By Alan Goldfarb
“Originality is how we separate ourselves, including you, from the pack”. Who said that? I said that. I meant it as it pertains to the good folks that write about wine. But, of course, if you – Mr. & Ms. Winery Owner – are fortunate to have an original, unique story published about you, you’re almost guaranteed to separate yourself from the morass of wine brands that seem to pop up every day of the week. So, for our purposes here, let us concentrate on the (wine) media: those members of the so-called fourth-estate, be they traditional print writers (magazines and newspapers), new media involved with posting on the Internet, or members of the electronic media (radio & TV).
It is these folks with whom you must figure out how to engage, and who will disseminate your winery’s stories to the world – and mostly for free(!). We call this “earned” media, as opposed to “paid advertising” or “pay-for-play” and advertorial articles, which will cost you dearly. Third-party endorsement I’m sure you’ll agree, is the goal.
So, whom to engage and enlist in your public relations (we prefer the term media relations) campaign? Whom to target to get the most meaningful benefit from your efforts? Well, we all know – and much to the curdling of my printer’s ink-infused blood – traditional print media is shrinking faster than a guy in cold water. Newspaper and magazine wine writers are being excised as though they’re mold on cheese. Nonetheless, traditional media offers audience targeting and is measurable, and therefore is not to be dismissed.
Streaming wine radio or podcasts however, are proliferating at an unprecedented rate, as well as is wine coverage on the web that is spreading rapidly. But, a word of caution: While wine coverage is reaching critical mass, the vast majority of media still lurk out there without real journalistic or writerly experience; and for whom perks such as food and wine, and seeing their name in print, is the primary lure; and for which an original or creative thought was not part of their SATs.
So, my advice to you, is to go after those few members of the wine media who think for themselves, harbor authentically singular and distinctive thought; and oh, who know wine and what they’re talking and writing about. It is these individuals who are apart from the chaff; albeit far and few. The task is to identify those idiosyncratic members of the wine media.
As a wine journalist myself for the last quarter-century or so, I learned years ago that it was imperative to find my own voice as a writer. That construct is not meant as a platitude, but is offered to writers who I believe must find their own voice, identity, and style. It is what makes readers take notice. It’s amazing – and sometimes disheartening – to read a writer, whose work contains no critical thoughts, no original ideas, uses your website copy or is devoid of creativity.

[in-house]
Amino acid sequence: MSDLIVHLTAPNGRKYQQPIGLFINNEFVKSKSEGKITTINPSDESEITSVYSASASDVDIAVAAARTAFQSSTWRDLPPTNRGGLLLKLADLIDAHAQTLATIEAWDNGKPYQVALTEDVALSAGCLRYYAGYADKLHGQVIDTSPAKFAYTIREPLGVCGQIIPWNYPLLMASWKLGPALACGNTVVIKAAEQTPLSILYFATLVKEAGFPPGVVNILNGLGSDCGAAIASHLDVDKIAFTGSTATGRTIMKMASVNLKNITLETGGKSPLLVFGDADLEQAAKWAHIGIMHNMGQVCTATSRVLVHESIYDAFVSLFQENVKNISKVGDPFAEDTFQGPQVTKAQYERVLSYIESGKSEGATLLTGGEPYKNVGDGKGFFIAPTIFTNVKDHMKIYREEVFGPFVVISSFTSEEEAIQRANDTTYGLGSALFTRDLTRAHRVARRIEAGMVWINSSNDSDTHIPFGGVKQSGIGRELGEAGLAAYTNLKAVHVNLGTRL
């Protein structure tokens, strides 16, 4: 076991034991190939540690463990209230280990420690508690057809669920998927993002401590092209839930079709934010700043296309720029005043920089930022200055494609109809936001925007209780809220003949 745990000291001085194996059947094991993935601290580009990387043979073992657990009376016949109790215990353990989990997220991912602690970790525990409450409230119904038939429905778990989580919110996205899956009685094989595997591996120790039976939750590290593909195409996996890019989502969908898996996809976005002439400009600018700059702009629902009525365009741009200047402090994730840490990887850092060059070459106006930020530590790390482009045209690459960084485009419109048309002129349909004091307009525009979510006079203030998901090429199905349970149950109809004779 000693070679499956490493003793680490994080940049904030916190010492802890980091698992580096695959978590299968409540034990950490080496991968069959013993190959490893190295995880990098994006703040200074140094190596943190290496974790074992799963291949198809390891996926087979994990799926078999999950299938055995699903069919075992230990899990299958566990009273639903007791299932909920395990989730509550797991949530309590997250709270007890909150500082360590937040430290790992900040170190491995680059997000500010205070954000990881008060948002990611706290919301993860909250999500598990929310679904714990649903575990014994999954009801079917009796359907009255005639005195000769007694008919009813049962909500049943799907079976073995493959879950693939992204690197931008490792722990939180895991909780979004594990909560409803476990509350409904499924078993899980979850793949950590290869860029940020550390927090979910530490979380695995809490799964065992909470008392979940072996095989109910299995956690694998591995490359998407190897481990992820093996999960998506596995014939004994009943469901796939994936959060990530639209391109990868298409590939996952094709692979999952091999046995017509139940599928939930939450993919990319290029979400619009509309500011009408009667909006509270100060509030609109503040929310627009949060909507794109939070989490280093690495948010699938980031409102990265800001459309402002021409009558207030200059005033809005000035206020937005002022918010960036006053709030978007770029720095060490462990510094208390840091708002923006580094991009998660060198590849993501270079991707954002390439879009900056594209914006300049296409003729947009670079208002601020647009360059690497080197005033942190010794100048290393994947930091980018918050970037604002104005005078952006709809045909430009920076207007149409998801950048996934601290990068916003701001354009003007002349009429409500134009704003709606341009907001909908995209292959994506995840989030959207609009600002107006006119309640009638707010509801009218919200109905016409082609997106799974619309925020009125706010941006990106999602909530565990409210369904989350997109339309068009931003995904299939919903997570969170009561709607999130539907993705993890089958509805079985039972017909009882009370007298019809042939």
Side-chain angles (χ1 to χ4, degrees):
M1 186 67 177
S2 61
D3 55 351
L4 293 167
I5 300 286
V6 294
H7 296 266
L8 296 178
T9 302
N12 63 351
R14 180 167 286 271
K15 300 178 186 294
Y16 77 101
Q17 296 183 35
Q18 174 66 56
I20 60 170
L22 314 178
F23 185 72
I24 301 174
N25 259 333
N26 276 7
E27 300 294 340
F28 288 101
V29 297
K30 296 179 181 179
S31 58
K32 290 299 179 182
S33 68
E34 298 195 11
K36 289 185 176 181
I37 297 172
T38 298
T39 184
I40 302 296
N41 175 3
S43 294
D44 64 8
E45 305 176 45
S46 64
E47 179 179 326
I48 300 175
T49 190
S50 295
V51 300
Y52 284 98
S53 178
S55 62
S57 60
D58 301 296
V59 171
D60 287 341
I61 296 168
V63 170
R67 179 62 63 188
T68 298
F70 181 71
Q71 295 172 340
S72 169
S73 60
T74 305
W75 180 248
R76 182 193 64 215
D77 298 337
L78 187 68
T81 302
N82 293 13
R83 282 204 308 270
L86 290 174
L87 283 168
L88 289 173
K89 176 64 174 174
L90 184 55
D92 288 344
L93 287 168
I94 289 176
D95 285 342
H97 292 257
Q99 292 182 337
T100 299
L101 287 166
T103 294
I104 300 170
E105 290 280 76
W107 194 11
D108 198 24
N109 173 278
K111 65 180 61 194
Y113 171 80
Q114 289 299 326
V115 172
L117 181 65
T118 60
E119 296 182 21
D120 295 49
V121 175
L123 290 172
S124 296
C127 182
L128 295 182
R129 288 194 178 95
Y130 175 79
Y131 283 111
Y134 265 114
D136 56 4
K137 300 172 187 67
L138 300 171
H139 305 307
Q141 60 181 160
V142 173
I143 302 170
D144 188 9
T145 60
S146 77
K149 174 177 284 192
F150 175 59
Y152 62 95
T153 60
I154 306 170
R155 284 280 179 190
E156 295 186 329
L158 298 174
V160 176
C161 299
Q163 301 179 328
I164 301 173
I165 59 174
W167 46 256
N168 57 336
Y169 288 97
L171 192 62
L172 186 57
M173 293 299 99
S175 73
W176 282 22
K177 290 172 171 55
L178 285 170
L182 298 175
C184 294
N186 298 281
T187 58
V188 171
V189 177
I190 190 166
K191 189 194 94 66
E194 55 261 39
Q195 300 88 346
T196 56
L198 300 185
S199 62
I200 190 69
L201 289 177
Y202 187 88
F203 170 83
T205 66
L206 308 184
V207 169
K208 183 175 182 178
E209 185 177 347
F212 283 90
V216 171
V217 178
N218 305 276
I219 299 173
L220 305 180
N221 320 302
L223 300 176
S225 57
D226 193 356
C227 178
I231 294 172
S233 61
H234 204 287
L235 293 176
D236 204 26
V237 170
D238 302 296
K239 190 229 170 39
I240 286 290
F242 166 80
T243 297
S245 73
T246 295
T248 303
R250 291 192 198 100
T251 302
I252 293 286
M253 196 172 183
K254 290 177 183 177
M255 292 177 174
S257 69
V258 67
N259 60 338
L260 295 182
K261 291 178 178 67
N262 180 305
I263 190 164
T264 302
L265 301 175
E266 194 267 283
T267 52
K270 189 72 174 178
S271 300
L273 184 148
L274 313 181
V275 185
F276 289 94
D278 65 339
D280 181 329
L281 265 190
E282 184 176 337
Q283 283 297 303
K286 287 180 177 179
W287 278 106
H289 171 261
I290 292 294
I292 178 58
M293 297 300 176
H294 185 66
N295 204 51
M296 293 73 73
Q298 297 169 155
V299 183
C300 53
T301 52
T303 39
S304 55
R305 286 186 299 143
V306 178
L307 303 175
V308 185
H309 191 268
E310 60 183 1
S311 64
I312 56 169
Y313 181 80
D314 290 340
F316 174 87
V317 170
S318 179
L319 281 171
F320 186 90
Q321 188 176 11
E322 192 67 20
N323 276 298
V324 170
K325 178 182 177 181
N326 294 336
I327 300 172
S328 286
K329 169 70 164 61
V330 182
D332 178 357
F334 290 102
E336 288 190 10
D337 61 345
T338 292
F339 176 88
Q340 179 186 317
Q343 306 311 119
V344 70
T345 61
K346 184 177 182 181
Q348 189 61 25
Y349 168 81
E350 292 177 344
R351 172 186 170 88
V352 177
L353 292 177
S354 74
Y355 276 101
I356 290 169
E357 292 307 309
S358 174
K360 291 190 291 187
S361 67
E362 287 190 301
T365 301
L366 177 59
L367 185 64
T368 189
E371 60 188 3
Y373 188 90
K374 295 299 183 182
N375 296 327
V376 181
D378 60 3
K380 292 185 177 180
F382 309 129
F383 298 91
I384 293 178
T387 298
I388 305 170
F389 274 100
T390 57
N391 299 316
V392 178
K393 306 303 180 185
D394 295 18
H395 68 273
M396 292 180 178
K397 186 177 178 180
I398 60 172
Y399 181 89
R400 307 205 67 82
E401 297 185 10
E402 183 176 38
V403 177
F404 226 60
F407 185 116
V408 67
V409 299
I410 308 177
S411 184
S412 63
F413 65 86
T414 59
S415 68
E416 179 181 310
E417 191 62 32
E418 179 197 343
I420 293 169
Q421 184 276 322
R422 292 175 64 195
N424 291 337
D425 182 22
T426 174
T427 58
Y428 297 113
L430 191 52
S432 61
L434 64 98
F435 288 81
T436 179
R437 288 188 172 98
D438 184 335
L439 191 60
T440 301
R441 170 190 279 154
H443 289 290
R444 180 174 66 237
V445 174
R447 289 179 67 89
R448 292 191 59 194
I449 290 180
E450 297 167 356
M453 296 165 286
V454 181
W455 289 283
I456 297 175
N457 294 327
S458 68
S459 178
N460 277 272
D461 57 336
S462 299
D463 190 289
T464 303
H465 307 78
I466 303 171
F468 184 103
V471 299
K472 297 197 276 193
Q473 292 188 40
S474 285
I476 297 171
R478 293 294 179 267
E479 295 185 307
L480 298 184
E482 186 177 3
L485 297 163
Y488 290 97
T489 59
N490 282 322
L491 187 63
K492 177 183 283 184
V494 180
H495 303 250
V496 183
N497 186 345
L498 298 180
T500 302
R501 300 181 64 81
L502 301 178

It manifests now for me when I have my winery public relations hat on; when I read a review or story from a writer, who has posted or published an article about one our clients. Pieces are often predominated by words from our media kit that we furnish to writers in order for them to get a better understanding of our clients.
It’s flattering and rewarding, of course – especially for the winery – to see an article written about them. But to me as a media consultant, it’s disappointing when I read something that has been regurgitated almost verbatim from our press materials.
We are always truly grateful that the writer thought enough of our client, and by extension, enough of our press information, to warrant an article on the Internet or in a magazine or a newspaper. It means we’re doing our job.
But we’re only human and when I see a piece that’s chock full of original thought with compelling turns of a phrase, we’re automatically drawn to that journalist; and we will try to get placements again and again with that writer on their blog, or in their newspapers. Because it’s meaningful and valuable, no matter the readership of the writer.
Some writers that stand out for us are Fredric Koeppel out of Memphis with his whimsically named Bigger Than Your Head ( http://biggerthanyourhead.net) blog, or Elaine Chukan Brown from California and her imaginative Lily-Elaine Hawk Wakawaka website (http://WakawakaWineReviews.com).
Also, check out Pennsylvania’s Joe Roberts on his 1WineDude (http://1WineDude.com) site or Jon Bonné writing in the San Francisco Chronicle (http://sfgate.com). How about Leslie Sbrocco with her restaurant-centric show, Check, Please! Bay Area (http://blogs.kqed.org/checkplease), on the PBS KQED-TV series that is shown in the San Francisco Bay Area. A wine writer first and foremost, Ms. Sbrocco always makes sure to devote a segment to talking about wine; a rare occurrence for a TV show or even a restaurant review to spend some time on wine.
So, the point here is: Just as the wineosphere becomes more cluttered everyday with a plethora of brands, so too is the Internet becoming overrun by mediocre wine writing. In the end, original, well-thought out writing will reap ever bigger rewards, for everyone.
In turn, it’ll be much more meaningful for you, your winery, and your brand. Hopefully, in time, it’ll add up to selling more wine.
ALAN GOLDFARB has been on both sides of the media-relations aisle, first as a 25-year wine journalist, and now as a winery media relations consultant. His writing has appeared in Decanter, Wine Enthusiast, and he was the wine editor at the St. Helena Star in the Napa Valley where that assignment was not unlike covering Catholicism at the Vatican.
Now, Alan has partnered with Carl Giavanti (www.CarlGiavantiConsulting.com/Media) in their winery media relations consultancy. Their clients are or have been in Napa Valley, the Carneros, Dry Creek Valley, Willamette Valley, and Columbia Valley.